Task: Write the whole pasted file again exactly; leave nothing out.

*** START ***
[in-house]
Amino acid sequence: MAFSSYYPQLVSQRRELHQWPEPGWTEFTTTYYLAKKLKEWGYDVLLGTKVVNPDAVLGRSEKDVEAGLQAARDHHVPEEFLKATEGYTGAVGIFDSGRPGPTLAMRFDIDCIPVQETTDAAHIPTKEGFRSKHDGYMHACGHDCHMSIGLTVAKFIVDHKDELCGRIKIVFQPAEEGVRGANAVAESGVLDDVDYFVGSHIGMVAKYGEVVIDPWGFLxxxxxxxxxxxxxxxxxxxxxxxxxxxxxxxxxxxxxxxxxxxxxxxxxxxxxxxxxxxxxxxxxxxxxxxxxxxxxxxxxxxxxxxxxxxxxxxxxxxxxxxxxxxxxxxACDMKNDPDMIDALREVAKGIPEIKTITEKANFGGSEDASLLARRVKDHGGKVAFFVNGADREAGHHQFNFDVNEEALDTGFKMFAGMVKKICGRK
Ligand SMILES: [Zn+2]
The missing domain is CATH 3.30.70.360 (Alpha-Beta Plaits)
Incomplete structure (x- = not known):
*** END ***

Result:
[in-house]
Amino acid sequence: MAFSSYYPQLVSQRRELHQWPEPGWTEFTTTYYLAKKLKEWGYDVLLGTKVVNPDAVLGRSEKDVEAGLQAARDHHVPEEFLKATEGYTGAVGIFDSGRPGPTLAMRFDIDCIPVQETTDAAHIPTKEGFRSKHDGYMHACGHDCHMSIGLTVAKFIVDHKDELCGRIKIVFQPAEEGVRGANAVAESGVLDDVDYFVGSHIGMVAKYGEVVIDPWGFLxxxxxxxxxxxxxxxxxxxxxxxxxxxxxxxxxxxxxxxxxxxxxxxxxxxxxxxxxxxxxxxxxxxxxxxxxxxxxxxxxxxxxxxxxxxxxxxxxxxxxxxxxxxxxxxACDMKNDPDMIDALREVAKGIPEIKTITEKANFGGSEDASLLARRVKDHGGKVAFFVNGADREAGHHQFNFDVNEEALDTGFKMFAGMVKKICGRK
Ligand SMILES: [Zn+2]
The missing domain is CATH 3.30.70.360 (Alpha-Beta Plaits)
Incomplete structure (x- = not known):